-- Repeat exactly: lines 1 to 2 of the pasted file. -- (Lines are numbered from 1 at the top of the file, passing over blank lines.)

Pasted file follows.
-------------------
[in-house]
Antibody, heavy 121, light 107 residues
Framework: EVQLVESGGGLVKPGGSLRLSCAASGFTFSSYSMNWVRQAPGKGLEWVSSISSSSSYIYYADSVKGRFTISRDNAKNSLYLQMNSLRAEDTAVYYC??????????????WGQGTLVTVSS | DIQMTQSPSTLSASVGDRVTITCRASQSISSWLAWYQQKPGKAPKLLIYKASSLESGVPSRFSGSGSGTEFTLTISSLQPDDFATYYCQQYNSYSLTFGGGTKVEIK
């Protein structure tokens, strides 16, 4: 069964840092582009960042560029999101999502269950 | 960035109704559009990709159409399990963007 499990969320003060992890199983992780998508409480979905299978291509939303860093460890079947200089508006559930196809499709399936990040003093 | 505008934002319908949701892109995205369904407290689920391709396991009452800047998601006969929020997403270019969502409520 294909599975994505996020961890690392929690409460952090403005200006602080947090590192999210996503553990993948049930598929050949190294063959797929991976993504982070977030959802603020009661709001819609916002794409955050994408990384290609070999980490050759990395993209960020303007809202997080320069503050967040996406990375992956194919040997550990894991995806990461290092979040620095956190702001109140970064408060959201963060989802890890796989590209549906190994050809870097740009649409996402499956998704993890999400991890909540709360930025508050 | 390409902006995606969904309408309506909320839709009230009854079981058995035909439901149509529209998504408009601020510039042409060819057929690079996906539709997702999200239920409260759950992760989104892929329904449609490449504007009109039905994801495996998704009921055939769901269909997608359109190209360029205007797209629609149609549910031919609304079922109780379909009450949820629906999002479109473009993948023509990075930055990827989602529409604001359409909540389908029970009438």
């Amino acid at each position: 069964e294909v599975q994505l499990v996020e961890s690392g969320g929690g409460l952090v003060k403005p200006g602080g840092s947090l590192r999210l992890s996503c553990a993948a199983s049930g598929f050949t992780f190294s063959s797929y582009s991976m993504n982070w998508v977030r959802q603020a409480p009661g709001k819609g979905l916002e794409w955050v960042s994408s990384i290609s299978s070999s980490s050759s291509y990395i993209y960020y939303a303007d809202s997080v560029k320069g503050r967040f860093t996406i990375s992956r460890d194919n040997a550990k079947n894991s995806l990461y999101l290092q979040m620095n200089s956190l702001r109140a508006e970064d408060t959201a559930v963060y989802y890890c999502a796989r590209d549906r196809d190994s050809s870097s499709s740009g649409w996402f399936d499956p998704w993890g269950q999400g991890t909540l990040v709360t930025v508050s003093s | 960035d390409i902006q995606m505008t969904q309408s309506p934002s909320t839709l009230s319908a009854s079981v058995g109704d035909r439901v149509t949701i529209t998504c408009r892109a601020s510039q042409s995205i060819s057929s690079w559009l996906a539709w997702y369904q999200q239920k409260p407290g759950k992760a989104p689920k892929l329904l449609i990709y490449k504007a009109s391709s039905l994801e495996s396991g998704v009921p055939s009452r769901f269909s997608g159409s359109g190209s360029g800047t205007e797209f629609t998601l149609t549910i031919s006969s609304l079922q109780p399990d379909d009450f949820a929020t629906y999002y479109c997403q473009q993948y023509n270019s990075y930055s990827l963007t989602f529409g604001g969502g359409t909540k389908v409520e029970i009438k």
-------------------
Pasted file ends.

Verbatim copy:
[in-house]
Antibody, heavy 121, light 107 residues